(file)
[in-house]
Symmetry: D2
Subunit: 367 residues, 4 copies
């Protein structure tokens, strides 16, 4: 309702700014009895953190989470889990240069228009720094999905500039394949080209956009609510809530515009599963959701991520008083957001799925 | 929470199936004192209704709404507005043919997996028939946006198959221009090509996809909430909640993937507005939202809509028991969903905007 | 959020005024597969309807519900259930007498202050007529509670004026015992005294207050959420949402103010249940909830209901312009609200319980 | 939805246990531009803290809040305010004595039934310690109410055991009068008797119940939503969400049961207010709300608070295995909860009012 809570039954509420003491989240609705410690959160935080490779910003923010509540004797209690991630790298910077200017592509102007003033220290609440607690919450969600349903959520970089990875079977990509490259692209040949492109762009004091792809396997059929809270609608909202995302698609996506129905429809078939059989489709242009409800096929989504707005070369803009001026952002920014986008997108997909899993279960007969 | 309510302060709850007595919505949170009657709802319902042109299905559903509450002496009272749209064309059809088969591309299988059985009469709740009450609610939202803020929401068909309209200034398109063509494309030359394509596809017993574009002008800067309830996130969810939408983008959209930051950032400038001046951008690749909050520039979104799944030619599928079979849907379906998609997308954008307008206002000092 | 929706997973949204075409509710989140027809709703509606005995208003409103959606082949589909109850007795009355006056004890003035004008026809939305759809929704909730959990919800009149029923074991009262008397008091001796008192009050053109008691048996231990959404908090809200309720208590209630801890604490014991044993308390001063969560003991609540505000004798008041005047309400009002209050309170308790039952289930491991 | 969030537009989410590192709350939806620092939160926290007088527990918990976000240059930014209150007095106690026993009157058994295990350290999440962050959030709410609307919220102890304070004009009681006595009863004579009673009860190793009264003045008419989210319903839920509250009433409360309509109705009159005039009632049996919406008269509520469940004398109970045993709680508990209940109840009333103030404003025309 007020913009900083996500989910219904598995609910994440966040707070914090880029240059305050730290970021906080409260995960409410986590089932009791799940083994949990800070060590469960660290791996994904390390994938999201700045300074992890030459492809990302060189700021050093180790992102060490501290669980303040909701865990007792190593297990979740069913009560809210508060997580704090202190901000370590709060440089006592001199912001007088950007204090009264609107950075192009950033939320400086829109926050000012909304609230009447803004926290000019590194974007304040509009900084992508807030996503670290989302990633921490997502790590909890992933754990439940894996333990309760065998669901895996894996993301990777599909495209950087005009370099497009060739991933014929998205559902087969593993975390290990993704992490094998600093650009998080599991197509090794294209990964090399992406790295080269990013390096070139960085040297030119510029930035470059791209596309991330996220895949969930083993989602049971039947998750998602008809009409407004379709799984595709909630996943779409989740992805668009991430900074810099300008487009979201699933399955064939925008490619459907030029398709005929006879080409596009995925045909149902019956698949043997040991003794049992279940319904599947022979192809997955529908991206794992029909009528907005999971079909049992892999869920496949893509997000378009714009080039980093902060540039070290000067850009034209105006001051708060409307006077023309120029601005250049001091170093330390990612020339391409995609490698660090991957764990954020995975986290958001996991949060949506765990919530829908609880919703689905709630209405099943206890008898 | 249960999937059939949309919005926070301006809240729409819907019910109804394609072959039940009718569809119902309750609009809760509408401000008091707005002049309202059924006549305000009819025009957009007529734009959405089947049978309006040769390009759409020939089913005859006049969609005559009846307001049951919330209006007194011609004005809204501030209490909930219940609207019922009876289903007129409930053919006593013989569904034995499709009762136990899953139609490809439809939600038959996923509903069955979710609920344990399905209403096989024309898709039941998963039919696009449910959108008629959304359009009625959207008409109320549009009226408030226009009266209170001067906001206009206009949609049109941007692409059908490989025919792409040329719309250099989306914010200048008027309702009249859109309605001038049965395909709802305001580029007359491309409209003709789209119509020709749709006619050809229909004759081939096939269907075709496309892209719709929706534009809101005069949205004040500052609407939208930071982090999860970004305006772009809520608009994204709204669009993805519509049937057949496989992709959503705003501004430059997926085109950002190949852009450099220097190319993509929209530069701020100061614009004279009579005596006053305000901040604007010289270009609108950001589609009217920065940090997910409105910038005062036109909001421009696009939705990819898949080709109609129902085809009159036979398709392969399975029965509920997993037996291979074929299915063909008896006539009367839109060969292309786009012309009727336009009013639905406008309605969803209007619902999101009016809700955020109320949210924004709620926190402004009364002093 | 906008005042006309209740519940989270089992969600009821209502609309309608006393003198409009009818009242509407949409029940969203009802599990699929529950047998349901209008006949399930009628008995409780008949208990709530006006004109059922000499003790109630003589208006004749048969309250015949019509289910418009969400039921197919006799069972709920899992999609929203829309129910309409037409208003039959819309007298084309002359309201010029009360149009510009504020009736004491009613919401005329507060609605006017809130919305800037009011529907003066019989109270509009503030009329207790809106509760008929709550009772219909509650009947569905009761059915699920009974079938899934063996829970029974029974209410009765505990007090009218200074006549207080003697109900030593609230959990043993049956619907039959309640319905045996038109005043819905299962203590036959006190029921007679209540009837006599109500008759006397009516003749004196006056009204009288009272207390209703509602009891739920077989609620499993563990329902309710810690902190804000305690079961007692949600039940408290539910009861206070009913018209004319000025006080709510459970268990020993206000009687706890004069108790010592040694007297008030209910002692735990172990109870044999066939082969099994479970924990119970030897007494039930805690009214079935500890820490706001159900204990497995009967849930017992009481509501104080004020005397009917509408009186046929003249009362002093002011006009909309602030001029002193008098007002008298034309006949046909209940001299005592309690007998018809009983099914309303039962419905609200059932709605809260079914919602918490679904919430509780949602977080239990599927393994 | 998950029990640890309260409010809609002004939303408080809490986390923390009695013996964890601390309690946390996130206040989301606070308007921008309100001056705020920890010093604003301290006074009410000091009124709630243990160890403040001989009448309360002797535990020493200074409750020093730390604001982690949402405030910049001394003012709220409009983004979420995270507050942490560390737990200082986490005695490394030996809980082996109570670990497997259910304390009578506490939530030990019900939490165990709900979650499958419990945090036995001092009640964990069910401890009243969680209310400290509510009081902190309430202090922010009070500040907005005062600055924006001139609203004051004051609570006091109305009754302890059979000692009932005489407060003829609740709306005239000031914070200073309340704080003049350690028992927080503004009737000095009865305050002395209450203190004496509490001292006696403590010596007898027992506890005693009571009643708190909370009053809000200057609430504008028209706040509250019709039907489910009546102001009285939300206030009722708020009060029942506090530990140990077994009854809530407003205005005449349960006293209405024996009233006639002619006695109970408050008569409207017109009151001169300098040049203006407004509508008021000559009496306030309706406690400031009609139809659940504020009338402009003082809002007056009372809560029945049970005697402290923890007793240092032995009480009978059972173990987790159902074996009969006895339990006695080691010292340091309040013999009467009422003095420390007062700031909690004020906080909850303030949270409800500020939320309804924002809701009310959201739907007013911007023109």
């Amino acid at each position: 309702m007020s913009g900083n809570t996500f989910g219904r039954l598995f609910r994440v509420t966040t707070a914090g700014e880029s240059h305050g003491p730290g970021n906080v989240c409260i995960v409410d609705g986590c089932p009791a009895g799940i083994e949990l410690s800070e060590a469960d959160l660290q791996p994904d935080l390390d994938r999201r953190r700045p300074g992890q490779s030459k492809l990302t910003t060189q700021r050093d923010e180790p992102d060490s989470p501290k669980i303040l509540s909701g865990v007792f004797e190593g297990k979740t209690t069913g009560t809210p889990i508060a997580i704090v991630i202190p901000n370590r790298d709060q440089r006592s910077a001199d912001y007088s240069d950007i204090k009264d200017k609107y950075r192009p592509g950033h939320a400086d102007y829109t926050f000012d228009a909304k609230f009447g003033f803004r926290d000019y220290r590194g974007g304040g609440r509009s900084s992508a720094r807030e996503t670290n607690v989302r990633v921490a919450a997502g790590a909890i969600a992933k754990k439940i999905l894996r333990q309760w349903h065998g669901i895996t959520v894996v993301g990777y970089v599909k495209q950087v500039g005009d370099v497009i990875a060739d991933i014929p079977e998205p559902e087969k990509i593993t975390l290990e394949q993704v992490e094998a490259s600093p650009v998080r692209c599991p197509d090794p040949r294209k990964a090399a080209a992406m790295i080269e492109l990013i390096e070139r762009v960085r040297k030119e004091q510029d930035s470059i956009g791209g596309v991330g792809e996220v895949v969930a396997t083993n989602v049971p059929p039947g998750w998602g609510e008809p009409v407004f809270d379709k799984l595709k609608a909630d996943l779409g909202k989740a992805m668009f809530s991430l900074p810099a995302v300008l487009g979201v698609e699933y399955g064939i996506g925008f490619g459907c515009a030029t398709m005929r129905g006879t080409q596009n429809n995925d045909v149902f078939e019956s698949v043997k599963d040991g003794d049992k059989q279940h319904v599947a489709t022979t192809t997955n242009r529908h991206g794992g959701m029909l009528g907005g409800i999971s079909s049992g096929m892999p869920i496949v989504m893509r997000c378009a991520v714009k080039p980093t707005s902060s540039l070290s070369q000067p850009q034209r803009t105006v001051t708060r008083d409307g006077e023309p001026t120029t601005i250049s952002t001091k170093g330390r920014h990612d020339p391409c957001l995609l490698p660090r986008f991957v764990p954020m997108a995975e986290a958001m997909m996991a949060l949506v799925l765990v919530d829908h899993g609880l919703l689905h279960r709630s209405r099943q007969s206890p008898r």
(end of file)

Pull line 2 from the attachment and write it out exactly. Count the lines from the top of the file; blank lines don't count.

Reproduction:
Symmetry: D2